This week, I started my new internship at Viget(!), and read through a super impressive, organized list of their standards and best practices. In doing so, I came across two interesting concepts that I had previously never heard of: microformats and microdata.
Here is a brief summary of each and what the difference is between them:
Microformats are a community-based approach to marking up content based on previous usage patterns (a lot of people refer to this approach as “paving the cowpaths”). They are essentially an open set of standards and HTML patterns used for items such as blog posts, resumes, calendars, reviews, etc.
Though you can use microformats for a variety of content, the most popular use is definitely the hcard – which is basically like a business card for your website. To create one, you first wrap a block of content in a “vcard” to state that it is a microformat – then use basic hcard properties such as fn (fullname), email, tel, etc. in a class inside of the vcard. Some properties (such as name and adr (address)) have an additionally specific level of markup. Adr, for instance, allows you to specify postal-code, region, and locality. Here’s an example:
<div class="vcard"><span class="fn">Harry Potter</span> <img class="photo" src="http://harrypotter.com/profile.jpg"/> <a class="email" href="mailto:firstname.lastname@example.org">Email</a> <div class="adr"> <div class="street-address">4 Privet Drive</div> <span class="locality">Little Whinging</span>, <div class="postal-code">39203</div> </div> <time class="bday">1992-22-07</time> birthday <div class="category">wizard</div> <div class="note">The boy who lived.</div> </div>
If that confused you, try referring to this handy hcard generator.
Microformats have been around for a while, and had the strongest impact around the time this article was written in 2007. Though they are still discussed and highly debated, official implementation for most of the specification has been spotty, and community momentum has since shifted.
Used by popular search engines such as Google and Yahoo, microdata is a set of markup vocabulary that makes it easier for search engines to parse through your website and pull out key information. You can mark up any html element by using this vocabulary, but it seems to be best suited to blocks of information, because the syntax is organized in a hierarchal outline of schemas (hence, the reference page is schema.org).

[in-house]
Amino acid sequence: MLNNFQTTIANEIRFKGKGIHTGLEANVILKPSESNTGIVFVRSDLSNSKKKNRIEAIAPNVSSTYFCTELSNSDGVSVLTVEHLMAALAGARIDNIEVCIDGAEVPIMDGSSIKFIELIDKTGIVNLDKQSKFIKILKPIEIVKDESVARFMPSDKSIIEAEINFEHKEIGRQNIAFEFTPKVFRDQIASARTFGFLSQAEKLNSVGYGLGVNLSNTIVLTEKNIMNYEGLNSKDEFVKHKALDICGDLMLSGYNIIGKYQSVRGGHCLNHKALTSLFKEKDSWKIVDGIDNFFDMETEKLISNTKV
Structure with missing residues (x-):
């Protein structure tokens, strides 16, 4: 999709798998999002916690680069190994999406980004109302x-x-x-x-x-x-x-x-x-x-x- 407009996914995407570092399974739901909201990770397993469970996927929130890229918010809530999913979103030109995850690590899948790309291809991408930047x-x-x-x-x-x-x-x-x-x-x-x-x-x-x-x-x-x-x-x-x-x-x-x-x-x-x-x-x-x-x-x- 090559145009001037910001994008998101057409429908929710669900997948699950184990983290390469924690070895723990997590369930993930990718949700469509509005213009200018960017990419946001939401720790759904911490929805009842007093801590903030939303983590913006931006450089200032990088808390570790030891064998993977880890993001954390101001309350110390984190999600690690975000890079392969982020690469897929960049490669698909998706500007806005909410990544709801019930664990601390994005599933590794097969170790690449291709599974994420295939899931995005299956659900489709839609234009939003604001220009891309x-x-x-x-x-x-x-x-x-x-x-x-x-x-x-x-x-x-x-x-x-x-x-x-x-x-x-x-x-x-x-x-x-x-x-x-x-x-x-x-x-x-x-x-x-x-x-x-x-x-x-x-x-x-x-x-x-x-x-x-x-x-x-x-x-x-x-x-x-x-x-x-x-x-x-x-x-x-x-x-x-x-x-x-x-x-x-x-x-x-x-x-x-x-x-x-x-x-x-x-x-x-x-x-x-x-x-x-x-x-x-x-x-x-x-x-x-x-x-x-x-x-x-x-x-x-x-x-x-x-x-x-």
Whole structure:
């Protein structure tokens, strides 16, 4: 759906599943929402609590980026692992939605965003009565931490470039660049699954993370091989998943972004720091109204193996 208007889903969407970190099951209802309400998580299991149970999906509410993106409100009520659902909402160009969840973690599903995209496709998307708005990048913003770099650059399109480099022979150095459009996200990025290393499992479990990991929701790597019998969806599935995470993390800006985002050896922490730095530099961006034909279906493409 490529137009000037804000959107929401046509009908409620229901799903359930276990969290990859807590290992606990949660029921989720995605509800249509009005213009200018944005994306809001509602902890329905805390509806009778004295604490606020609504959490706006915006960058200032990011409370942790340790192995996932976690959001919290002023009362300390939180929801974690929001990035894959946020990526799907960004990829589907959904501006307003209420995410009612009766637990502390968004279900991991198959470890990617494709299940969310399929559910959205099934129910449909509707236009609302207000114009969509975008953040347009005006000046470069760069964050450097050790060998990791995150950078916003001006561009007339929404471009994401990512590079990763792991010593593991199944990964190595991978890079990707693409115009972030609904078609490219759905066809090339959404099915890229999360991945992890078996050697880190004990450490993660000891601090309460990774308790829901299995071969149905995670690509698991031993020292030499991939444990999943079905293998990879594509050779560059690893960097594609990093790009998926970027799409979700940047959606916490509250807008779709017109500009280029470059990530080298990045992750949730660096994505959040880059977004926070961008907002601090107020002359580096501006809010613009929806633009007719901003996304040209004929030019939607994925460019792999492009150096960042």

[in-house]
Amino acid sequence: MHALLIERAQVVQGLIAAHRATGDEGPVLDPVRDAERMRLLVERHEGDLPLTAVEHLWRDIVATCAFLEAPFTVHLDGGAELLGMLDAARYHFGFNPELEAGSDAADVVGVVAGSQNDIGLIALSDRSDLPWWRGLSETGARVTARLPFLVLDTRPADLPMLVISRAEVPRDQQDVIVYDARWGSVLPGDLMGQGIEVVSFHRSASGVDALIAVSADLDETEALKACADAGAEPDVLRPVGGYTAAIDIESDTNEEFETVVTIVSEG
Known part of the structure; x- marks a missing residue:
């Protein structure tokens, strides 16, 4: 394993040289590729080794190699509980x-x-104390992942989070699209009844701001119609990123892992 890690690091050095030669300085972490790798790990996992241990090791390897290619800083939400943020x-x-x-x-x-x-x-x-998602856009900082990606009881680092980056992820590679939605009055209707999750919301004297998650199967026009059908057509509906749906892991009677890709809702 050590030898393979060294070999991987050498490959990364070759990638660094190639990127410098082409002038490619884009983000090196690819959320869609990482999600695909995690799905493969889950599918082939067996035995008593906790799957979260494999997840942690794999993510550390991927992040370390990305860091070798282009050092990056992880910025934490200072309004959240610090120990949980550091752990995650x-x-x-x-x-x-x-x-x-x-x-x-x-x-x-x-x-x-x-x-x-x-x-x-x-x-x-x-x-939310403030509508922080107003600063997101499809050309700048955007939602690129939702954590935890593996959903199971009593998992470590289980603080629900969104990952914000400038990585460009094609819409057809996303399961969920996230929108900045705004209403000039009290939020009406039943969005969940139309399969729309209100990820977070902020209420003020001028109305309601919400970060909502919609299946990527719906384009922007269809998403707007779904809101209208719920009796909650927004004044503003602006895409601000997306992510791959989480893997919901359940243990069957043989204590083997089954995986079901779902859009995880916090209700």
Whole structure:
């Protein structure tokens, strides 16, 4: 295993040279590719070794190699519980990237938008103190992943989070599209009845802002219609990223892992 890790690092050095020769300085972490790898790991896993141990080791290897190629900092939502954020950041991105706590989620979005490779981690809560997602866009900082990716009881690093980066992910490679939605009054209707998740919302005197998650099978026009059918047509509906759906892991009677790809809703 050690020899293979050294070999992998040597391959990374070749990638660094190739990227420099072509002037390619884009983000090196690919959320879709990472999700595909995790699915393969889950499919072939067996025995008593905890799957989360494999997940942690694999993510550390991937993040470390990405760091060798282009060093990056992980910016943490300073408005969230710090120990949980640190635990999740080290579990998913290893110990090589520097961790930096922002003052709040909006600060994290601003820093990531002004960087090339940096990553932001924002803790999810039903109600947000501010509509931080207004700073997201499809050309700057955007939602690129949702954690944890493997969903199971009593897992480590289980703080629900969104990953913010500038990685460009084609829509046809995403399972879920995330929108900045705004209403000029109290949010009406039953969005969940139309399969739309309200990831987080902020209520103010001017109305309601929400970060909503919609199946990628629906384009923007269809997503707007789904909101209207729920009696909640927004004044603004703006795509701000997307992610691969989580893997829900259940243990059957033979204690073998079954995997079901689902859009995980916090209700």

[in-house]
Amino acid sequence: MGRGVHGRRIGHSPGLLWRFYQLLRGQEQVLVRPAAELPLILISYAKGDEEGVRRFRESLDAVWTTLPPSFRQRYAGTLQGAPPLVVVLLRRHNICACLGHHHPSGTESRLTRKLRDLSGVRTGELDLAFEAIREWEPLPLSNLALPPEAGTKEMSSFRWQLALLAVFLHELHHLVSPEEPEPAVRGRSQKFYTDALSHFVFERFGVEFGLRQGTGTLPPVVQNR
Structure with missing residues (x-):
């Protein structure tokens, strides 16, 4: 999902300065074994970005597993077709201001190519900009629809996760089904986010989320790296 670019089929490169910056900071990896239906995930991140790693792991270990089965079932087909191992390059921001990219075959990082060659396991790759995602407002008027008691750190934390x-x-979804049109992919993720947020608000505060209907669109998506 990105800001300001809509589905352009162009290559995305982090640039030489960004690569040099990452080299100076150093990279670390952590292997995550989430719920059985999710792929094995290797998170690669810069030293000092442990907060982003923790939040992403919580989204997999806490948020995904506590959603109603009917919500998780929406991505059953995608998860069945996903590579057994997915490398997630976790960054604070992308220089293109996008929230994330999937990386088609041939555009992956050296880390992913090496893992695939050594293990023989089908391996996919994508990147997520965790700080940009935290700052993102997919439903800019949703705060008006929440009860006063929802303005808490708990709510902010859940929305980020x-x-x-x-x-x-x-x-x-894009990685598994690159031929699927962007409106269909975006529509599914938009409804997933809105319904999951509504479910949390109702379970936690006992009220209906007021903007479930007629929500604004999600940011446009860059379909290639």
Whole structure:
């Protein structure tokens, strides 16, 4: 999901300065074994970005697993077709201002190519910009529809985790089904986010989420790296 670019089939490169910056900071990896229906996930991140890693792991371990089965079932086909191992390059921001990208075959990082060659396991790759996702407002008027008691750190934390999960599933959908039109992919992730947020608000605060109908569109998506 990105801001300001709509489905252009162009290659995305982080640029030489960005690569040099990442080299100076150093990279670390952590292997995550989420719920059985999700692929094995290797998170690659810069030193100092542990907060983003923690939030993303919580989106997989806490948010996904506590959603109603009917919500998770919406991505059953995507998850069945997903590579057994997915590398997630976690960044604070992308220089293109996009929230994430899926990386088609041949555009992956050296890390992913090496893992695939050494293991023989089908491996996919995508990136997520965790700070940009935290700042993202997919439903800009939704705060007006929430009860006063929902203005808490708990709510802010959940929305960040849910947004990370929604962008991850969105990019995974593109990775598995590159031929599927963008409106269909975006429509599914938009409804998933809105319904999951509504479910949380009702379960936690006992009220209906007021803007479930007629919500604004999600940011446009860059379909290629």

Basically, you mark up the containing element of a data block as an “itemscope,” which you can further specify by adding an “itemtype,” linking that to a section of the schema website. You would then specify each bit of information through an “itemprop.” Don’t be confused. Here is a basic example:
<div itemscope itemtype ="http://schema.org/Event"> <h1 itemprop="name"> Webcatz Conf </h1> <span>Date: <span itemprop="startDate"> June 5, 2014 </span> <span itemprop="endDate"> June 7, 2014 </span> </span> <span>Featuring: <span itemprop="performer"> Nyan Cat </span> </span> <a href="../afterparties/NyanCatDisco"itemprop="subEvent"> Official Disco After Party </a> </div>
Microdata is the preferred method now because it is being concretely used and currently being implemented by search engines and applications (mostly Google is to blame for popularizing this). It gives a great way to organize and mark up data, as broad as “person,” and as specific as the “biomechanicalClass” of a joint. I don’t even know what that is… and I literally couldn’t make it up. It’s actually pretty fun (if you’re a nerd like me <3) to read through the entire list of schemas.
TL;DR: Mark up is good for you & your site.
(& another great article for further reference.)